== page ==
Djokovic was ahead of the pack
Center Court: Men's Year-End Awards
Pete Sampras believed winning one Grand Slam singles title in a season was a good effort. He should know; he won at least one major 10 times in his career and left the game in 2002 with a then-record 14 in his trophy case.
By that standard, the four best tennis players on the planet can all feel reasonably happy about their results in 2012.
For the first time in nine years, four different men won the majors. Novak Djokovic won the Australian Open, followed by Rafael Nadal at Roland Garros, Roger Federer at Wimbledon and Andy Murray, also the Olympic gold medalist, who became a first-time major champion at the U.S. Open.
So, who was the fairest of them all?
ATP Player of the Year: That would be Djokovic, who, in winning the year-end Barclays ATP World Tour Finals, did just enough to edge Murray.
Brad Gilbert, who has coached Murray -- as well as Andre Agassi and Andy Roddick -- concurs.
"He had a great season last year, winning three majors," Gilbert said. "So Djoker was hitting .400 and he backed it up this year by hitting, what, .360? Yeah, that's a pretty good season."
Djokovic finished as the No. 1-ranked player for the second consecutive year. Federer did it from 2004 to '07, but he's the only other man to accomplish that since Lleyton Hewitt in 2001-02.
Although Serena Williams made a big splash, winning the last four important titles on the WTA side -- Wimbledon and the U.S. Open, plus the Olympics and the year-end event -- Djokovic was more consistent by far.
He made three major finals and won three Masters 1000 events, as well, finishing with an ATP-high 75 match wins. Last year, after a ridiculous start, he faded badly down the stretch. This year, he started strong and finished stronger.
Djokovic went nearly five hours in the Australian Open semifinals against Murray, then came back to beat Nadal in an epic final that required nearly six hours. Clearly, that effort took a lot out of him. Still, Djokovic got to the final at Roland Garros and in New York before going undefeated in London.
Federer, at 31, proved in London that he still has the chops -- and the desire -- to succeed at the highest level. The ATP compiled a list of the 10 best shots at the Barclays -- and four of them belonged to Federer. In winning his seventh title at Wimbledon, the Swiss champion ran his major total to 17 -- a number that, all things considered, is looking harder and harder to equal.
Murray, meanwhile, now has the confidence to win more majors. Going forward, he is likely to prove Djokovic's toughest out.
Match of the Year: Australian Open final: This, right here, is why we love men's tennis.
Djokovic and Nadal went at each other for five hours and 53 minutes, and the match ended at 1:37 in the morning, Melbourne time. Nadal had a backhand that might have turned the match, but he couldn't land it in the court.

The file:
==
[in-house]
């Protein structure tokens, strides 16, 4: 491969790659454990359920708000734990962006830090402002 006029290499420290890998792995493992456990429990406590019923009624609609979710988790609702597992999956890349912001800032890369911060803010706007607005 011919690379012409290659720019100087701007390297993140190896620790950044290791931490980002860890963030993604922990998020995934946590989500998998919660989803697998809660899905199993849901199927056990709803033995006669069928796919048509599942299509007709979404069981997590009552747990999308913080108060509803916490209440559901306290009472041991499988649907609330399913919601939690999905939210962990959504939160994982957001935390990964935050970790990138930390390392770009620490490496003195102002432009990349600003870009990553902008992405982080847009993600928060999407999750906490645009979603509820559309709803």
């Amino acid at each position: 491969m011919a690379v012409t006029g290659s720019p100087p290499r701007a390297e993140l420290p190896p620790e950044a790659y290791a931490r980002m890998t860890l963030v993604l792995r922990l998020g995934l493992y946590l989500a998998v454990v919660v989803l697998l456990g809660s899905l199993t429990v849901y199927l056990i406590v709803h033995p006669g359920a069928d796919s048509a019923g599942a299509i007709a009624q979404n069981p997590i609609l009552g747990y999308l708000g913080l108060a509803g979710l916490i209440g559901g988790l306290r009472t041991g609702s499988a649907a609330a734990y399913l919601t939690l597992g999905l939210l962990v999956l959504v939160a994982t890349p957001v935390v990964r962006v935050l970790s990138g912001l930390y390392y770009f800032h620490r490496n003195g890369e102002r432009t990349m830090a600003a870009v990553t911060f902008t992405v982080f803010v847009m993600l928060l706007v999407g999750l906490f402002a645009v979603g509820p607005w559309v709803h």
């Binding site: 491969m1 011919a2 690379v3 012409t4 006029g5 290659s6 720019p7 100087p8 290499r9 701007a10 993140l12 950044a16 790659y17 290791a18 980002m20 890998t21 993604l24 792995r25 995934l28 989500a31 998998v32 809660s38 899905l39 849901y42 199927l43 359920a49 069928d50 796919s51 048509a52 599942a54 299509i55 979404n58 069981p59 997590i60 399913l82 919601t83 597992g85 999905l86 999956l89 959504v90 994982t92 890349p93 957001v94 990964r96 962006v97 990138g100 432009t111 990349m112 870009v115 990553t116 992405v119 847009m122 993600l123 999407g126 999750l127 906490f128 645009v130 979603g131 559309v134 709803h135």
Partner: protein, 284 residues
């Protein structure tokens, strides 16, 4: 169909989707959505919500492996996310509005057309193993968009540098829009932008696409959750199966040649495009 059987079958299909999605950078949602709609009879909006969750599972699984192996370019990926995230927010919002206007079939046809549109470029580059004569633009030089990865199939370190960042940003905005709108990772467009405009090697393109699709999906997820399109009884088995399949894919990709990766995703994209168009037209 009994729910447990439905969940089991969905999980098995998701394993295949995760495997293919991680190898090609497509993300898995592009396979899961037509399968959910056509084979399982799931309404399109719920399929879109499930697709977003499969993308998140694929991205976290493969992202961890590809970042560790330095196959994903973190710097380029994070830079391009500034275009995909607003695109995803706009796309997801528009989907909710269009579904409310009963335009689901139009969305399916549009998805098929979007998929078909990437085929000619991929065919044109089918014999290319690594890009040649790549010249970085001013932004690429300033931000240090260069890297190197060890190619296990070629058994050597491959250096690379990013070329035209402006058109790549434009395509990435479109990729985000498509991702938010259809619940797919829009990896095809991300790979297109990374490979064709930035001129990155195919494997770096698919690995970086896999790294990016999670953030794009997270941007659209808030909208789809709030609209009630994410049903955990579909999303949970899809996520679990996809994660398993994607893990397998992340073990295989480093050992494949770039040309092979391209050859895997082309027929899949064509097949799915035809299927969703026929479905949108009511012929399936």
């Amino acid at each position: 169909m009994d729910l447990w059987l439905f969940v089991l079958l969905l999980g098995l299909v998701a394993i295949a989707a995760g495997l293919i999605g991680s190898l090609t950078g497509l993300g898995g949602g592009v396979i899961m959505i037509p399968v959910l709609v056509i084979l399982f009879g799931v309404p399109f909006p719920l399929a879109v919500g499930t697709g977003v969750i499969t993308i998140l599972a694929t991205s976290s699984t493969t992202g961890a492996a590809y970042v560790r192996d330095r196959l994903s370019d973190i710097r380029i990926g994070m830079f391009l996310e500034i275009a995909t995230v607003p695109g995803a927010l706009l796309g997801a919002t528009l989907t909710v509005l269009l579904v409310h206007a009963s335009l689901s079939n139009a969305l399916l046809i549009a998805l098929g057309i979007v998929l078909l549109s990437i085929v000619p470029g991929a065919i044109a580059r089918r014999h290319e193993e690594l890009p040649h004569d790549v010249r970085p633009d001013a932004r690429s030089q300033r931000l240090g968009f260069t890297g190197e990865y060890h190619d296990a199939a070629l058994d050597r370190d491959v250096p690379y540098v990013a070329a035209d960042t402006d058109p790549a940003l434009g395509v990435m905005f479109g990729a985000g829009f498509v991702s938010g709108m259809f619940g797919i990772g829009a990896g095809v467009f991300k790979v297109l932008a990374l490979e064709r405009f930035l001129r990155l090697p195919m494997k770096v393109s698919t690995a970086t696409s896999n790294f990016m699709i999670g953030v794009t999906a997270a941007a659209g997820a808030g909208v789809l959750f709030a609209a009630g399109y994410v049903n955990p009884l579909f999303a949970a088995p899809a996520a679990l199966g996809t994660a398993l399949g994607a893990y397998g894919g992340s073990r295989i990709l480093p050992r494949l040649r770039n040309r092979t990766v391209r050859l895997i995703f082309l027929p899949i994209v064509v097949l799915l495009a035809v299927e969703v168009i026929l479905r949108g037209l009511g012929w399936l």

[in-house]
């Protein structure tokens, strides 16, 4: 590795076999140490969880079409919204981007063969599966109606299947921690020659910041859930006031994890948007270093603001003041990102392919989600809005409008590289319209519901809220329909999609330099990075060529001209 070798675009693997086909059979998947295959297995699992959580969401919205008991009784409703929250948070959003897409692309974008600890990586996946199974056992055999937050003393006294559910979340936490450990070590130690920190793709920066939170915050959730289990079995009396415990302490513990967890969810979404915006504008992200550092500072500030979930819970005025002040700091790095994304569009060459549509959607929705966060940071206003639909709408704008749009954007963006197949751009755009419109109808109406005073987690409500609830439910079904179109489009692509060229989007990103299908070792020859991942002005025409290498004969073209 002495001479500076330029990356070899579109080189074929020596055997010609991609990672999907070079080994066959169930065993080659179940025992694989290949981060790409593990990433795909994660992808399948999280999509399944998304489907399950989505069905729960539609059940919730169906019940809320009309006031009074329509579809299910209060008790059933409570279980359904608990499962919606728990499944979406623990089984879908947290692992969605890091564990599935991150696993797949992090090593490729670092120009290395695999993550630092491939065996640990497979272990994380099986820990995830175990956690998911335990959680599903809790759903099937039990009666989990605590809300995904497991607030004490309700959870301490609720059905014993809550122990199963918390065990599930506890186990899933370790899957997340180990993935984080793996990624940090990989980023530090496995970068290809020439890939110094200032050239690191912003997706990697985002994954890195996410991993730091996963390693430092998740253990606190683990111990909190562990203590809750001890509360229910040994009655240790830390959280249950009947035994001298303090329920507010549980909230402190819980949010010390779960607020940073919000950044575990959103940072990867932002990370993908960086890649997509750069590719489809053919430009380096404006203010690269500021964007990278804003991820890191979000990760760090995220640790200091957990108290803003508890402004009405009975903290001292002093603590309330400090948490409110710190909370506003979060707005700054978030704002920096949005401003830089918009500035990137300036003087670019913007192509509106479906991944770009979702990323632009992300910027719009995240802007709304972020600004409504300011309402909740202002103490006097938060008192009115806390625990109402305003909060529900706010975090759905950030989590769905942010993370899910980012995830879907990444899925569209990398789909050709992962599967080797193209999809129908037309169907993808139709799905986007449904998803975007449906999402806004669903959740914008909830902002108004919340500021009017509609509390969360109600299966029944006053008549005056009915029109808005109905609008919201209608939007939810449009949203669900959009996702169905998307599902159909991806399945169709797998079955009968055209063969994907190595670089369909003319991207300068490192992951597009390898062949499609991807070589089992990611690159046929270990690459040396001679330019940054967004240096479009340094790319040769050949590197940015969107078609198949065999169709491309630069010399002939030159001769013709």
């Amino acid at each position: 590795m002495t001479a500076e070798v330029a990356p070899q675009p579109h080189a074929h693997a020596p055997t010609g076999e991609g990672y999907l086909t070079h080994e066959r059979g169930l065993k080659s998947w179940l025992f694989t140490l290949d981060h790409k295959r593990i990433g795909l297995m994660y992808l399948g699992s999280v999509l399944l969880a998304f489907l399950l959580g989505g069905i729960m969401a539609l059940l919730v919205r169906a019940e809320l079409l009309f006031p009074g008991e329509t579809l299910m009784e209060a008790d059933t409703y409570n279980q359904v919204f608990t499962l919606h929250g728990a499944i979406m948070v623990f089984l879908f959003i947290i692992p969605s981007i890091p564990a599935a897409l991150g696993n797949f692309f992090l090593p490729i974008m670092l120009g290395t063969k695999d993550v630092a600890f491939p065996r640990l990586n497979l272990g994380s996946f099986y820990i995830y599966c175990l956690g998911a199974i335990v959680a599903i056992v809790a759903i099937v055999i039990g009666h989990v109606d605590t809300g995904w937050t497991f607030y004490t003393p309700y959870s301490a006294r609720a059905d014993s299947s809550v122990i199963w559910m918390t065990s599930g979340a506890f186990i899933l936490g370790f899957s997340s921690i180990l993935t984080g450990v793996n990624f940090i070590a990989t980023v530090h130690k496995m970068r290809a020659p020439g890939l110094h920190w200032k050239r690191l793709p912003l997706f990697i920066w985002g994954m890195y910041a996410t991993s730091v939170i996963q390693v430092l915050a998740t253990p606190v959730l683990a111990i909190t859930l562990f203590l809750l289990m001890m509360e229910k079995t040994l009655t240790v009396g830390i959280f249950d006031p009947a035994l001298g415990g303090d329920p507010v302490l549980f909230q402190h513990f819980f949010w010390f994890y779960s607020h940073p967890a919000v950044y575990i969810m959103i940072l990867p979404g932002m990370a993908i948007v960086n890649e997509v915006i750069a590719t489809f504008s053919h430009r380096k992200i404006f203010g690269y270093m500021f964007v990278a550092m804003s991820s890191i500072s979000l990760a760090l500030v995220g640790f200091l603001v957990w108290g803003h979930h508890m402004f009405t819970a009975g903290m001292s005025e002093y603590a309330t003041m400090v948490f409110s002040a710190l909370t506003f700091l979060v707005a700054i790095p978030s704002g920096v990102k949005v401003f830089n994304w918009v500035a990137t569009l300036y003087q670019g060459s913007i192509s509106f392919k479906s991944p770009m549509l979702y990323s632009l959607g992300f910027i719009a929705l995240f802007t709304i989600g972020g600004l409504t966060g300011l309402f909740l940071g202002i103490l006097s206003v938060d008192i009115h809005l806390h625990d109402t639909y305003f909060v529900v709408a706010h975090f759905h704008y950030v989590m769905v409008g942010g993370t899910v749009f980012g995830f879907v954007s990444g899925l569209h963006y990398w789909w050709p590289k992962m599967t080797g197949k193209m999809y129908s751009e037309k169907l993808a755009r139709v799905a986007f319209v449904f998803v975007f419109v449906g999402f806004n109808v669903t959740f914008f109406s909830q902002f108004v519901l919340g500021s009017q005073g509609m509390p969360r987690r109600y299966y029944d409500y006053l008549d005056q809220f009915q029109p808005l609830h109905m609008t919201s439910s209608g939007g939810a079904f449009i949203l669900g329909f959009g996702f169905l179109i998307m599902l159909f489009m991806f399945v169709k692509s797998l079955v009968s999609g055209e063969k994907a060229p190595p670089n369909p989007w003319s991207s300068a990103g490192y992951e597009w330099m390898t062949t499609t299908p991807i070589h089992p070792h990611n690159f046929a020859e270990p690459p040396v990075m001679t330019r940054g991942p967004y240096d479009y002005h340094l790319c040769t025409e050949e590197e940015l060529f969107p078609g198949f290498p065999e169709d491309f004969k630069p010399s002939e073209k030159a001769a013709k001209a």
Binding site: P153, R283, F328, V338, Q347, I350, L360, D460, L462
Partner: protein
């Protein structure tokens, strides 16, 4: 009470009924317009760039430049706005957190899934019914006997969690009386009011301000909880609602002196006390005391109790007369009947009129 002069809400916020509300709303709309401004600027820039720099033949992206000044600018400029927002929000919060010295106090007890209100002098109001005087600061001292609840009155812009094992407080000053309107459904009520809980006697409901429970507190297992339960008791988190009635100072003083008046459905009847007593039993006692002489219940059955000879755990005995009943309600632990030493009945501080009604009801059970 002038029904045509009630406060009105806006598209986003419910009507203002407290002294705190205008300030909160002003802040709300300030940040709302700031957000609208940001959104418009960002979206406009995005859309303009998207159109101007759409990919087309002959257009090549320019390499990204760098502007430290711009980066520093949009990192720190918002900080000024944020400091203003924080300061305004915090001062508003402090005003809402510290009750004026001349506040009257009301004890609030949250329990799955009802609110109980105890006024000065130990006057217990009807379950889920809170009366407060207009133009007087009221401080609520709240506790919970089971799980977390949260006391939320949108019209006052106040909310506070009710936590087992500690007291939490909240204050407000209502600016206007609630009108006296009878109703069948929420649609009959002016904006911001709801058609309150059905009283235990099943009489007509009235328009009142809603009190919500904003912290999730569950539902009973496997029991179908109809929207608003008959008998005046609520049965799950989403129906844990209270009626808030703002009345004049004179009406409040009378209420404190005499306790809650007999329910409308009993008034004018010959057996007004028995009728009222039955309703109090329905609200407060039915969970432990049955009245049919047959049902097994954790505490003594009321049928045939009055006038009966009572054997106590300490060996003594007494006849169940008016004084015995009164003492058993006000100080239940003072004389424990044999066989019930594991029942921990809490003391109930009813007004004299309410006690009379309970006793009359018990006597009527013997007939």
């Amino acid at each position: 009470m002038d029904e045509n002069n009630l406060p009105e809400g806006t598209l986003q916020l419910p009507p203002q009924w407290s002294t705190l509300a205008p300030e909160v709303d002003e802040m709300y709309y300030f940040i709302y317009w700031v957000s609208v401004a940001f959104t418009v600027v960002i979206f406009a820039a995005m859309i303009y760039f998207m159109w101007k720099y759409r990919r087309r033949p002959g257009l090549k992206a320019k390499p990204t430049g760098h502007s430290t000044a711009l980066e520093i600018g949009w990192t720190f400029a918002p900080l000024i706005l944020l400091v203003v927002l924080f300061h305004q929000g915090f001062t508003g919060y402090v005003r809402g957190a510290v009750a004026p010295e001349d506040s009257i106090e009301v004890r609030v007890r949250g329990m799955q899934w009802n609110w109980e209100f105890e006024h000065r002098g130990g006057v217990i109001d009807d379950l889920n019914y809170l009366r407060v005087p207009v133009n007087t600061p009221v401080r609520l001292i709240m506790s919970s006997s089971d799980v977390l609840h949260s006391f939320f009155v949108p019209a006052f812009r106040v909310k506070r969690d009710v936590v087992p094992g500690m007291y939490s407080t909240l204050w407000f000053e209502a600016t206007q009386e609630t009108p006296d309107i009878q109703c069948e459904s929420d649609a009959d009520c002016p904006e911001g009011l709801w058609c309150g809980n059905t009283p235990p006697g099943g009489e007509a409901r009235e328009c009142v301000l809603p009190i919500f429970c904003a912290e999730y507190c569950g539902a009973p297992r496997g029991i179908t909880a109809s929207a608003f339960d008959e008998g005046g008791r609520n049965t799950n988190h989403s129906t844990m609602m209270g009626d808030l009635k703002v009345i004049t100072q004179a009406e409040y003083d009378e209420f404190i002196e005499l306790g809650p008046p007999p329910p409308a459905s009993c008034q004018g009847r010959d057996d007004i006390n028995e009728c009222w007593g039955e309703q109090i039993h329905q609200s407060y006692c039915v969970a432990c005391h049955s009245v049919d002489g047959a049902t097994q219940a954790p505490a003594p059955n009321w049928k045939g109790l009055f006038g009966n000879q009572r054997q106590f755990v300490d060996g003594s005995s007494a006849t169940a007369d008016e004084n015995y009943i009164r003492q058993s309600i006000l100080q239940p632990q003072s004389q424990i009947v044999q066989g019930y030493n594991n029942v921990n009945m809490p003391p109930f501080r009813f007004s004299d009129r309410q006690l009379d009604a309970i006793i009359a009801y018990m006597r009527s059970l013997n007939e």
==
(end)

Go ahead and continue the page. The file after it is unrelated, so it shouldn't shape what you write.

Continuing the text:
Think how history might have been different if Nadal had made that shot and ultimately won the match. He would have 12 majors, and Djokovic -- whose game on hard courts is extremely punishing on his body -- would have only four. With only one year separating them (Nadal is 26 and Djokovic 25), that might have safely distanced Nadal from the Serb.
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Afterward, both players had difficulty standing during the trophy presentation. Hard to believe it would be Djokovic's only Grand Slam title of the year.
Newcomer of the Year: Martin Klizan.
It all depends on your definition of a newcomer, but we'll go along with the ATP players' vote on this one.
The 6-foot-3 lefty from the Slovak Republic was ranked outside the top 100 last year -- he wasn't even in the ATP World Tour media guide -- but he jumped 88 spots this year, all the way up to No. 29.
Klizan won the title in St. Petersburg and knocked Jo-Wilfried Tsonga out of the U.S. Open.
Most Disappointing: Nadal.
Rafa has always paid a price for the bruising physicality of his game, and now we're starting to see the toll it has taken.
Yes, he won his seventh French Open title, but he was escorted to the showers in the second round at Wimbledon, where he is a two-time champion. We didn't see him again, the result of a torn patellar tendon. Nadal's camp opted for rest instead of surgery. James Blake did the same with a similar injury, but, after a long rest, needed surgery anyway.
"The one bummer of the entire season is Rafa going down," said Gilbert, an ESPN analyst. "You just hope he can make a full recovery. It also makes you realize what a freak of nature Roger is. He's the Cal Ripken of tennis. He never misses anything."
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